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If an answer was helpful, you can accept it. –  Paul Vargas Oct 2 '13 at 15:17
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2 Answers 2

up vote 1 down vote accepted

You don't need to create another instance of java.net.ServerSocket. Because you must connect to port 80, you are a client.

Socket socket = new Socket("localhost", 80);

e.g.:

class ProxyThread extends Thread {

    private final Socket clientSocket;

    public ProxyThread(Socket socket) {
        this.clientSocket = socket;
    }

    public void run() {
        try {
            // Read request
            InputStream incommingIS = clientSocket.getInputStream();
            byte[] b = new byte[8196];
            int len = incommingIS.read(b);

            if (len > 0) {
                System.out.println("REQUEST"
                        + System.getProperty("line.separator") + "-------");
                System.out.println(new String(b, 0, len));

                // Write request
                Socket socket = new Socket("localhost", 80);
                OutputStream outgoingOS = socket.getOutputStream();
                outgoingOS.write(b, 0, len);

                // Copy response
                OutputStream incommingOS = clientSocket.getOutputStream();
                InputStream outgoingIS = socket.getInputStream();
                for (int length; (length = outgoingIS.read(b)) != -1;) {
                    incommingOS.write(b, 0, length);
                }

                incommingOS.close();
                outgoingIS.close();
                outgoingOS.close();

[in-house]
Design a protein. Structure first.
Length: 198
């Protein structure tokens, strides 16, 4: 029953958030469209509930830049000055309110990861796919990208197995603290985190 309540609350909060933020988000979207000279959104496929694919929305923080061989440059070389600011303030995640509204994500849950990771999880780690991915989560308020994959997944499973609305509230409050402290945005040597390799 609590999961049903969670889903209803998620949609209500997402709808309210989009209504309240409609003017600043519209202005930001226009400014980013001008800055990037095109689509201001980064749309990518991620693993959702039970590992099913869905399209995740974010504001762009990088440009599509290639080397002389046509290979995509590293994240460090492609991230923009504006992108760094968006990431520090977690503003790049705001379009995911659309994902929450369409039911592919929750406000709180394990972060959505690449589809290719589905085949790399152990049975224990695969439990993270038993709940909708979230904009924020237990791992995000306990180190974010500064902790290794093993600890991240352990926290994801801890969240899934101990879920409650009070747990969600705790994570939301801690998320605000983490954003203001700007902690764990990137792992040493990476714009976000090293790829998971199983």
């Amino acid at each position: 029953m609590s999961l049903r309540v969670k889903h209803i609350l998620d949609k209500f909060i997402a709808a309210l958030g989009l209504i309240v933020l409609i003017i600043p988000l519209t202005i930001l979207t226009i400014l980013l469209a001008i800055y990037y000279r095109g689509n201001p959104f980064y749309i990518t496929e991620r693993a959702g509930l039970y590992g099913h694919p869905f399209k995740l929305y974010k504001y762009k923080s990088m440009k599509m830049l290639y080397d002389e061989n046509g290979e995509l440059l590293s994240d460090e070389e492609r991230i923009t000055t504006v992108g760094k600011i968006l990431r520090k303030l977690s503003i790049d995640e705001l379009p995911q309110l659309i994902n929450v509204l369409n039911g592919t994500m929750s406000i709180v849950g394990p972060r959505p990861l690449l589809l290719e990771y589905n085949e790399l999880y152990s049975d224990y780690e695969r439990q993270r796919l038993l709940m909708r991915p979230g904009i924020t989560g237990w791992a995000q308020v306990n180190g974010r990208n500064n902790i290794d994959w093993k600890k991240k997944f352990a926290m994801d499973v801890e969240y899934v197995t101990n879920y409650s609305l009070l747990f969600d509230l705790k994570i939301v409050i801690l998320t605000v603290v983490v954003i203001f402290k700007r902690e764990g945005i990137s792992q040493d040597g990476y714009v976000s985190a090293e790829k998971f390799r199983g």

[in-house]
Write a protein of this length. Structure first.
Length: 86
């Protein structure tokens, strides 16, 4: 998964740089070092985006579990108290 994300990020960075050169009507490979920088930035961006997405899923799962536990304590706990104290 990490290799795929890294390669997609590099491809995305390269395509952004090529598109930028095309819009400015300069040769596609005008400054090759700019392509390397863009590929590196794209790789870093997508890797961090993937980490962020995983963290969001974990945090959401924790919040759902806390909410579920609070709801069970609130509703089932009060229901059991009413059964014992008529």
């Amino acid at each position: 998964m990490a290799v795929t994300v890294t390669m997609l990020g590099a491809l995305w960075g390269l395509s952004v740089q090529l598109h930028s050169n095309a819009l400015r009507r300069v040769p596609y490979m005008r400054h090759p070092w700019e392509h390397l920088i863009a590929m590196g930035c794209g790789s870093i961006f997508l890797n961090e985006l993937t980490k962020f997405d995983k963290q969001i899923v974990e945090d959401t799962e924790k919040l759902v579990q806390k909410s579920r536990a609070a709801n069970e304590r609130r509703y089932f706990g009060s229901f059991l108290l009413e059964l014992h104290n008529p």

incommingIS.close();

                socket.close();
            } else {
                incommingIS.close();
            }
        } catch (IOException e) {
            e.printStackTrace();
        } finally {
            try {
                clientSocket.close();
            } catch (IOException e) {
                e.printStackTrace();
            }
        }
    }
}
share|improve this answer
    
I know we are not supposed to say thanks here....but, really cant help it... Thanks man, you're awesome..:-) –  Mkl Rjv Oct 2 '13 at 14:43
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Your Code working for simple text files or html. There is only one problem, only the HTTP header are text data everything in the body of the HTTP message could be simple byte data like images.

You shouldn't use the PrintWriter and/or Strings to convert the response. You should simply forward the byte buffer you will get from the Server. Just convert the byte buffer only if you want to show yourself the HTTP message.

share|improve this answer
    
What if I wanted to make some changes to the response and send it back? –  Mkl Rjv Sep 23 '13 at 13:46
    
In that case you should parse the http header first and check the Content-Type, if the header like text/xml, text/html or text/plain etc. you can load the body into a any String like object otherwise you should use an byte array buffer. –  garvey Sep 26 '13 at 9:32